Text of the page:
Retirement Planning in your 40s

By Larissa Fernand |  23-09-19 | 
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Larissa Fernand is Website Editor for She would like to hear from you and welcomes your feedback.

If you are in your 40s, you cannot shake off the reality of retirement, even if you plan to retire at the age of 65. You can play around when you are younger, but the keen awareness to save creeps up after you hit 40. As Morningstar’s director of personal finance, Christine Benz says, “In your 20s and 30s, the concept of retirement is somewhat nebulous, but in your 40s it starts to feel a bit more real.”

The best-case scenario is that you are well on your way to achieving your goals. The truth is often far from it.

My colleague Andrew Willis in Canada tackled this subject. I have taken a fair bit of information from his writing and adapted it for an Indian investor. 

  1. Start with savings habits

Before tackling your retirement savings, it’s particularly important in your 40s to check in on your emergency fund to ensure it is large enough to cover your current career situation. “Midcareer accumulators, especially higher-income folks, should target a year's worth of cash,” says Benz. You can read on the basics of an Emergency Fund here.

By now, you should have a monthly savings regime rolling along. If you don’t, then make it a priority. Diverting funds towards your retirement kitty is a must.

Which bring us to whether you are saving enough. To figure out how much of your pre-tax income must be saved towards this goal, numerous factors must be considered. Whether your spouse is also earning. The planned date of retirement of each of you. The current makeup of your portfolio. How much you have already saved.

  1. Get rid of debt.

Well, as much as possible. You may still have to service your home loan, but you do get a tax break on it. Ensure that debt on credit card and personal loans are not putting stress on your savings ability. These are big money drainers.

When earning well, it may be easy to service all these loans. But what you are not realizing is that debt is a big impediment to retirement savings.

  1. Think innovatively for your retirement kitty.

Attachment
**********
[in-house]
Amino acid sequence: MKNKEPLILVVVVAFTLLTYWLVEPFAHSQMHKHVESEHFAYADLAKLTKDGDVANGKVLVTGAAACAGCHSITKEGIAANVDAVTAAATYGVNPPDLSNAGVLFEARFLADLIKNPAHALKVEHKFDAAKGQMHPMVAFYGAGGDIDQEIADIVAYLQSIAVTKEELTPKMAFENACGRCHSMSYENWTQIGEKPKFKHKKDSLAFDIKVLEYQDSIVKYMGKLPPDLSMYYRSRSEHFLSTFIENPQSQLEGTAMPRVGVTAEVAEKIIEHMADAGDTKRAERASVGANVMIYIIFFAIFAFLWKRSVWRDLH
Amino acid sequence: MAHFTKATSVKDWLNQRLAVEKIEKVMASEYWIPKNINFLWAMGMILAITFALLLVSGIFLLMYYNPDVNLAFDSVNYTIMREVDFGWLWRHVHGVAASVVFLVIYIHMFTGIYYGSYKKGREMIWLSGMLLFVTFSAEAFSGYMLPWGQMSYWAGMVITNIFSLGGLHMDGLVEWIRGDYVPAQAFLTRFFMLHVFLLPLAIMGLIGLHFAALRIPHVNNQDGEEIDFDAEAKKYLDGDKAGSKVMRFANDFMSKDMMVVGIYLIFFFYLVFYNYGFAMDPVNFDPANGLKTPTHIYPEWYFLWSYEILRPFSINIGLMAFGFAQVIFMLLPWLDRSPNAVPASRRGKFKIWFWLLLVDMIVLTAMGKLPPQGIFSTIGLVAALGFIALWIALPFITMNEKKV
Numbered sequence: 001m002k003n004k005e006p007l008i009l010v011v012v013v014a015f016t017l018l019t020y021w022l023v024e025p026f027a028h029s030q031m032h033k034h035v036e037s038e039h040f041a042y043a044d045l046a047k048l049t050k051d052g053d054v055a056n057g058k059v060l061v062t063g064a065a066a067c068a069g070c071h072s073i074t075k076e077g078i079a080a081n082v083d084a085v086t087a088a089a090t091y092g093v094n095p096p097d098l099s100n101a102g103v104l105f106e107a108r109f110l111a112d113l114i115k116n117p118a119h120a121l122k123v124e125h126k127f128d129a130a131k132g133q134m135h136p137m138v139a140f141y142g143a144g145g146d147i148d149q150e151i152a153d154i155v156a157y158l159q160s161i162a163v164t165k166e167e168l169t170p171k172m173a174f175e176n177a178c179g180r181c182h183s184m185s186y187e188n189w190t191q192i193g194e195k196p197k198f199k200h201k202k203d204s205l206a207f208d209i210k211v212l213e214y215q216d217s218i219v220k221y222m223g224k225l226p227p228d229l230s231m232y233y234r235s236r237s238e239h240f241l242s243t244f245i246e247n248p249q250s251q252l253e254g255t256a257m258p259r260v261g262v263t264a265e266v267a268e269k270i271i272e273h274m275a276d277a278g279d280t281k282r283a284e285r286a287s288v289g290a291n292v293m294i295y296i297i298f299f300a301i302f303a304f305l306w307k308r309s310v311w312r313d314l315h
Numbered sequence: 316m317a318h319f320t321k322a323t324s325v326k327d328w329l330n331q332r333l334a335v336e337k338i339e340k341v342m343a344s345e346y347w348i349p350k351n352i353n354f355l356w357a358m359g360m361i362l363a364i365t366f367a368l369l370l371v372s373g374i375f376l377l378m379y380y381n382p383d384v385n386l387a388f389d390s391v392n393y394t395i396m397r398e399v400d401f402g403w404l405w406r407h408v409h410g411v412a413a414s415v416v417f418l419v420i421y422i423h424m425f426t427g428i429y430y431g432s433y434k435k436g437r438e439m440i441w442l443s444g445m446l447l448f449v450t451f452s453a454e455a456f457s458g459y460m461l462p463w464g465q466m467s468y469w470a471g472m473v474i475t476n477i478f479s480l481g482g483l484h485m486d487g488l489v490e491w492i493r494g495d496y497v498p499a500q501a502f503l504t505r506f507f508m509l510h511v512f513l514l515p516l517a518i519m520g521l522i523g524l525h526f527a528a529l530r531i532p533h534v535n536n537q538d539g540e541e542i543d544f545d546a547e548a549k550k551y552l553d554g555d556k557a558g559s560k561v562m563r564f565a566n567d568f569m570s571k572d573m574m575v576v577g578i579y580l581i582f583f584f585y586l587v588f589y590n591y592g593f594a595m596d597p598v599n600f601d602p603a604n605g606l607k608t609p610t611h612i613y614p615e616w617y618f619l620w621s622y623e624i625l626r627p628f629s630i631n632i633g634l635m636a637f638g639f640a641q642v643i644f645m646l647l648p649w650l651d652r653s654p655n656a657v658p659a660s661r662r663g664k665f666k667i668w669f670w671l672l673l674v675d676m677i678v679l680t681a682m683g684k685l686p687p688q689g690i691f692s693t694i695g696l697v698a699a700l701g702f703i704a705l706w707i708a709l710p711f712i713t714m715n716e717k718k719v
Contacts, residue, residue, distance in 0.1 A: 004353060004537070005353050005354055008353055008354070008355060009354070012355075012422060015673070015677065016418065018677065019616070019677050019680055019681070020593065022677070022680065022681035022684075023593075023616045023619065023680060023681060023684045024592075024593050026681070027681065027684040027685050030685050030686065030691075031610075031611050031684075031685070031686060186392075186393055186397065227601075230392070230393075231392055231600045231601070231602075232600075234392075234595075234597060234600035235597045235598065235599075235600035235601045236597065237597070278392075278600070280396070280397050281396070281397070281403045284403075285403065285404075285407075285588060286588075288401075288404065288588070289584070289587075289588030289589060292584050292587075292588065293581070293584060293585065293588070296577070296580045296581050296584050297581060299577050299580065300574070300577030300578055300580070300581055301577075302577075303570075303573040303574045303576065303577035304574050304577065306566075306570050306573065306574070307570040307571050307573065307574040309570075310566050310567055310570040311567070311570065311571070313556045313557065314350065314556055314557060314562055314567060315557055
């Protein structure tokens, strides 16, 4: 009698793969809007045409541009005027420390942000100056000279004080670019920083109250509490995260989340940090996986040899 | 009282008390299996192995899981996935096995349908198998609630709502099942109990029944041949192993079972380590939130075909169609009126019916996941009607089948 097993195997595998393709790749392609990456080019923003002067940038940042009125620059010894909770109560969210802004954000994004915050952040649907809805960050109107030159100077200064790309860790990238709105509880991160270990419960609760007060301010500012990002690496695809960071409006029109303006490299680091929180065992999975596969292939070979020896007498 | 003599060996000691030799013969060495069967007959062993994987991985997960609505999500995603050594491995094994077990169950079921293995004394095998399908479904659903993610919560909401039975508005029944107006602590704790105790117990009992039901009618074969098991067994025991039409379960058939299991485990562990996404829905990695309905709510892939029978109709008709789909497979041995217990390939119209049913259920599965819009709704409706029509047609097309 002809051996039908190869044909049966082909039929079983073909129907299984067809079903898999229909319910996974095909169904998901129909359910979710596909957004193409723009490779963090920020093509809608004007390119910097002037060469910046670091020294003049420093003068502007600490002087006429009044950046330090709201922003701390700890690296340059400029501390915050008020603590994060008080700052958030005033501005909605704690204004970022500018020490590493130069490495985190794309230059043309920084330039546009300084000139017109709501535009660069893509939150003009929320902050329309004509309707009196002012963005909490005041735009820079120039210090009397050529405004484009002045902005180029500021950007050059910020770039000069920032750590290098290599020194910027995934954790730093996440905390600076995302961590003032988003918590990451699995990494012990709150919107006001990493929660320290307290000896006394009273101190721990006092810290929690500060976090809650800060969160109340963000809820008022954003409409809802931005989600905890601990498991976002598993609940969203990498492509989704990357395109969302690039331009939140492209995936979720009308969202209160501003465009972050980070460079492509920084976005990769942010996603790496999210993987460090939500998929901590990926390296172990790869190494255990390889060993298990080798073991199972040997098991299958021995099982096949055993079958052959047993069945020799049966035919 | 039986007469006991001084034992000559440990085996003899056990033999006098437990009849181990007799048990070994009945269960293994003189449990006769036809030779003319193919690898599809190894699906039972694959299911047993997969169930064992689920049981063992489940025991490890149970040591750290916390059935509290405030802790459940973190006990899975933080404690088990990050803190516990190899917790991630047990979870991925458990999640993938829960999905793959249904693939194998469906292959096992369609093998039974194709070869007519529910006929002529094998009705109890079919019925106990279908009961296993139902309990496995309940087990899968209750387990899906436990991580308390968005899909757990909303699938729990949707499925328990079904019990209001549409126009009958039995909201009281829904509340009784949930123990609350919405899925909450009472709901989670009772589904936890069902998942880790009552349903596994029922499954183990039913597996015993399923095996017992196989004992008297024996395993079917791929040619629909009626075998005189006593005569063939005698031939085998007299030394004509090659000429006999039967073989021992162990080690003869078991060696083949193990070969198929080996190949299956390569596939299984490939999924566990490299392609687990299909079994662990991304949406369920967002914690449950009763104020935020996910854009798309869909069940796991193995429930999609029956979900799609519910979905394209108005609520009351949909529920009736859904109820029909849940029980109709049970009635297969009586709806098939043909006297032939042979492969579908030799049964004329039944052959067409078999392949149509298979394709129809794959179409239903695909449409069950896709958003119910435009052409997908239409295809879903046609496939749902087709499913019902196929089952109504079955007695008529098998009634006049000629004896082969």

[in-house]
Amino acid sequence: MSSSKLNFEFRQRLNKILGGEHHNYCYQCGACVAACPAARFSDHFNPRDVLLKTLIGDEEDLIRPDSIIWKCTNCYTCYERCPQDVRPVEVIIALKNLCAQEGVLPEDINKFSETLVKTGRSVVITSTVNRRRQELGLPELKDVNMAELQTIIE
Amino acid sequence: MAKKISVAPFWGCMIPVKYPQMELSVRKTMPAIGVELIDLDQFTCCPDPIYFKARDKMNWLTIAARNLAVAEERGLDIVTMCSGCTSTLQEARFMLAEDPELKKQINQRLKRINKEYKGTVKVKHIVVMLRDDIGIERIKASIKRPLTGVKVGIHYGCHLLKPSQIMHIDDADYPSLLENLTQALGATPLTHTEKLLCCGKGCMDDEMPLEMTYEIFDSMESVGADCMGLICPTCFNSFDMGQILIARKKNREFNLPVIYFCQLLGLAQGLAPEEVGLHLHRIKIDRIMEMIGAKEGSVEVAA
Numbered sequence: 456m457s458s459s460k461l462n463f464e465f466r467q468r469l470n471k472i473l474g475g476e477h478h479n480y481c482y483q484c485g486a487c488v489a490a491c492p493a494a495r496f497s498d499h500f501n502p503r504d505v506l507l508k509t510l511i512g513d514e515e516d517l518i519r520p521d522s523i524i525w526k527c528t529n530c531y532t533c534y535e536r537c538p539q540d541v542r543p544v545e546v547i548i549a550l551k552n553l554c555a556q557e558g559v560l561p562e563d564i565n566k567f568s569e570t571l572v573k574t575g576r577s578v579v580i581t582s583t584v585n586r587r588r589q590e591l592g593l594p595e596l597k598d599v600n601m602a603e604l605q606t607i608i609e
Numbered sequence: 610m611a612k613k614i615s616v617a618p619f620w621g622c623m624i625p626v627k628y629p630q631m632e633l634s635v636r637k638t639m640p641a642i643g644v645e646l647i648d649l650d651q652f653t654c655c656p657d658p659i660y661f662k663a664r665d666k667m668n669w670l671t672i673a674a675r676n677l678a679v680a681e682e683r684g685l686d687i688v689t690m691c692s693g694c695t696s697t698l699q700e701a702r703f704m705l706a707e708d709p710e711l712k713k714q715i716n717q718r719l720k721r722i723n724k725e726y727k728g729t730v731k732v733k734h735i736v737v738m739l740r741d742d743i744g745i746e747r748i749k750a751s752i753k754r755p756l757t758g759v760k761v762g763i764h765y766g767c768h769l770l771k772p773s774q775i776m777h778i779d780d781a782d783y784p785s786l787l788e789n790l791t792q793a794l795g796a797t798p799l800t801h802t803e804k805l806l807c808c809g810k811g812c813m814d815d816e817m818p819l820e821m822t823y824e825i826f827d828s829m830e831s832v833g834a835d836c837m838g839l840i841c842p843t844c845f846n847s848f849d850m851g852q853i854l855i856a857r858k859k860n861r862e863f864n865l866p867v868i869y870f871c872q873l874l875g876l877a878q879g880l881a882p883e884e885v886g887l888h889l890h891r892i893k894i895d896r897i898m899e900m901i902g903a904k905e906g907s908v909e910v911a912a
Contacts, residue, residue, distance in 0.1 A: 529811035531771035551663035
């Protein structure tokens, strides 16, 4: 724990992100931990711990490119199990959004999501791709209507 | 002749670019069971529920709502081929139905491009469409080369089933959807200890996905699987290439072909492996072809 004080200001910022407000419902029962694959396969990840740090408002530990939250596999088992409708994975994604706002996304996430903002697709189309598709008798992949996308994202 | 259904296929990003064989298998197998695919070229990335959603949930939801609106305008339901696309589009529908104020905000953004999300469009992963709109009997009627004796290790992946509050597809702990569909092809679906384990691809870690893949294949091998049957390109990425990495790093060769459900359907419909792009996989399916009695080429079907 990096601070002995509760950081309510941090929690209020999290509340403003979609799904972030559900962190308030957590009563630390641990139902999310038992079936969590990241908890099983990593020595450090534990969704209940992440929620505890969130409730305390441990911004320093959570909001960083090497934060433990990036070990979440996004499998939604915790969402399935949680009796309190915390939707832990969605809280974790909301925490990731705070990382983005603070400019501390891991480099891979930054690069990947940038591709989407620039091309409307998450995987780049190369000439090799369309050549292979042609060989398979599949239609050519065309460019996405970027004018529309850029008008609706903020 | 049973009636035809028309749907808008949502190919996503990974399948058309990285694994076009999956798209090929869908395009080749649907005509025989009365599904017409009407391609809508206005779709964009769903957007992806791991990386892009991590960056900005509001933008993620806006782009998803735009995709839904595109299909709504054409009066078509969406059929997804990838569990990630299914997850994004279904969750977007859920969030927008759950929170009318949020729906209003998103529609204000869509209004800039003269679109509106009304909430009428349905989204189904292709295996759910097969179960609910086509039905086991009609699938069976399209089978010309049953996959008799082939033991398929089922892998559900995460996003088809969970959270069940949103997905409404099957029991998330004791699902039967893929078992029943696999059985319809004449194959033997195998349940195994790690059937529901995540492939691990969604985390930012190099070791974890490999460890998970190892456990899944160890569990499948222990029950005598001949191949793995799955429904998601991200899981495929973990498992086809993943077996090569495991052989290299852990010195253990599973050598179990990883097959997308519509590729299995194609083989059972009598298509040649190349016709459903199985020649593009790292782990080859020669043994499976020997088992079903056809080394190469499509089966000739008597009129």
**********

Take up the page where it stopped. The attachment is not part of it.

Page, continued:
This requires a long-term perspective.

A friend completed servicing his home, but as he was earning well (and so was his wife), he faced no financial stress when paying his EMIs. So he continued with the amount allocated for EMIs into an SIP of a balanced fund.

Similarly, if you get a big bonus, a tax refund, an inheritance, a gift – stash it away for retirement. Your future self will thank you.

If you are earning money outside your main source of income - guest lectures, proceeds from a book you authored, media columnist, teaching, rent – let this be channelized to your retirement kitty.

  1. Move on to investing.

Just because retirement is now a reality doesn’t mean risk must be off the table. As individuals work longer and lives last longer – it is best to keep the right amount of risk to ensure you have the returns to make it.

You need your money to last. Chances are, you have a long life ahead of spending. Your money needs to grow. While a sizable portfolio of the portfolio can be in equities, ensure that it is diversified and not concentrated in mid and small caps. Avoid speculative and thematic bets. It may appear appealing, but a huge loss can offset your overall progress.

“Portfolios for people in their 40s and 50s should still include plenty of higher-risk assets with higher return potential; after all, such individuals could be drawing on their portfolios for at least 40 or 50 more years, so they can't be content to hang out in low-risk assets with low returns to match,” says Benz.

  1. Always be open for advice.

It’s a good idea to sit down with a financial planner to get solutions that work for your unique situation. Thumb rules (save 10% of your pretax income) may not really be apt for your individual needs.

Even if you’ve developed a do-it-yourself proficiency over the decades, you may need help aligning your medium and long-term savings goals. You may be in a complicated financial situation or may need a lot of ongoing hand-holding but may not realize it.

Benz says that “As your financial life grows more complex and you get closer to retirement, paying a financial professional for help can be money well spent. You may glean insights that you hadn't picked up on in your own reading, or receive counseling in complicated areas like tax and/or estate planning.”

  1. There’s more to it than money.

Lastly, investing in your 40s need not only be about growing your financial capital. Your own skillset and knowledgebase can reap their own set of dividends – and now’s the time to invest.

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Sujeet Singh
Sep 24 2019 05:20 PM
 6th point is best! In India 5th point is as difficult as finding a true Guru. Contemplating on your asset allocation will be more helpful.
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